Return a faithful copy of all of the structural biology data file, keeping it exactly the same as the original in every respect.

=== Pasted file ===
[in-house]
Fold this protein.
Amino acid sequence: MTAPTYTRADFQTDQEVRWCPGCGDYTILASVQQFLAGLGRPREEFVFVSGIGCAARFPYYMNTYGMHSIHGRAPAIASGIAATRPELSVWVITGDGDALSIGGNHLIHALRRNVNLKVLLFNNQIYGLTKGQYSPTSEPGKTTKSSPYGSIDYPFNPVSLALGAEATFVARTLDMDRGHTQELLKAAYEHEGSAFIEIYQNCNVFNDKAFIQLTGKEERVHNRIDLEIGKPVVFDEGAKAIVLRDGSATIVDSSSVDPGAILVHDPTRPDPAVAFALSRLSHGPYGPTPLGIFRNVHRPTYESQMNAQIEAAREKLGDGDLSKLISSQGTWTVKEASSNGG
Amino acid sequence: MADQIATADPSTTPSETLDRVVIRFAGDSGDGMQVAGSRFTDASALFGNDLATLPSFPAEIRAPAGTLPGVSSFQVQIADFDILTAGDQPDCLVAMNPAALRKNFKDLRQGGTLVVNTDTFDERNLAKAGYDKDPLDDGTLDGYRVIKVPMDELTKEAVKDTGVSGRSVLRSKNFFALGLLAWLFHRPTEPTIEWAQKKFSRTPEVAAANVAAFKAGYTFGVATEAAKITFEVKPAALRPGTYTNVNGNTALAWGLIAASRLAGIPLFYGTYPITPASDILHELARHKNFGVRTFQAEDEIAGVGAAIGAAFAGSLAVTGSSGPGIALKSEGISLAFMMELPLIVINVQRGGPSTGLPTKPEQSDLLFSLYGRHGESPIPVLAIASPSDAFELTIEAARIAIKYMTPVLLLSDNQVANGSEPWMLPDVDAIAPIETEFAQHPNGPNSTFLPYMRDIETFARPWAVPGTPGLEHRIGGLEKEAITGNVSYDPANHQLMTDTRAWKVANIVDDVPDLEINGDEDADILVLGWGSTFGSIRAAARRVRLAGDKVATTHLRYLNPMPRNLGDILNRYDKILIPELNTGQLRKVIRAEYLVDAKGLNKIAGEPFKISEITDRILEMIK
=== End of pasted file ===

[in-house]
Fold this protein.
Amino acid sequence: MTAPTYTRADFQTDQEVRWCPGCGDYTILASVQQFLAGLGRPREEFVFVSGIGCAARFPYYMNTYGMHSIHGRAPAIASGIAATRPELSVWVITGDGDALSIGGNHLIHALRRNVNLKVLLFNNQIYGLTKGQYSPTSEPGKTTKSSPYGSIDYPFNPVSLALGAEATFVARTLDMDRGHTQELLKAAYEHEGSAFIEIYQNCNVFNDKAFIQLTGKEERVHNRIDLEIGKPVVFDEGAKAIVLRDGSATIVDSSSVDPGAILVHDPTRPDPAVAFALSRLSHGPYGPTPLGIFRNVHRPTYESQMNAQIEAAREKLGDGDLSKLISSQGTWTVKEASSNGG
Amino acid sequence: MADQIATADPSTTPSETLDRVVIRFAGDSGDGMQVAGSRFTDASALFGNDLATLPSFPAEIRAPAGTLPGVSSFQVQIADFDILTAGDQPDCLVAMNPAALRKNFKDLRQGGTLVVNTDTFDERNLAKAGYDKDPLDDGTLDGYRVIKVPMDELTKEAVKDTGVSGRSVLRSKNFFALGLLAWLFHRPTEPTIEWAQKKFSRTPEVAAANVAAFKAGYTFGVATEAAKITFEVKPAALRPGTYTNVNGNTALAWGLIAASRLAGIPLFYGTYPITPASDILHELARHKNFGVRTFQAEDEIAGVGAAIGAAFAGSLAVTGSSGPGIALKSEGISLAFMMELPLIVINVQRGGPSTGLPTKPEQSDLLFSLYGRHGESPIPVLAIASPSDAFELTIEAARIAIKYMTPVLLLSDNQVANGSEPWMLPDVDAIAPIETEFAQHPNGPNSTFLPYMRDIETFARPWAVPGTPGLEHRIGGLEKEAITGNVSYDPANHQLMTDTRAWKVANIVDDVPDLEINGDEDADILVLGWGSTFGSIRAAARRVRLAGDKVATTHLRYLNPMPRNLGDILNRYDKILIPELNTGQLRKVIRAEYLVDAKGLNKIAGEPFKISEITDRILEMIK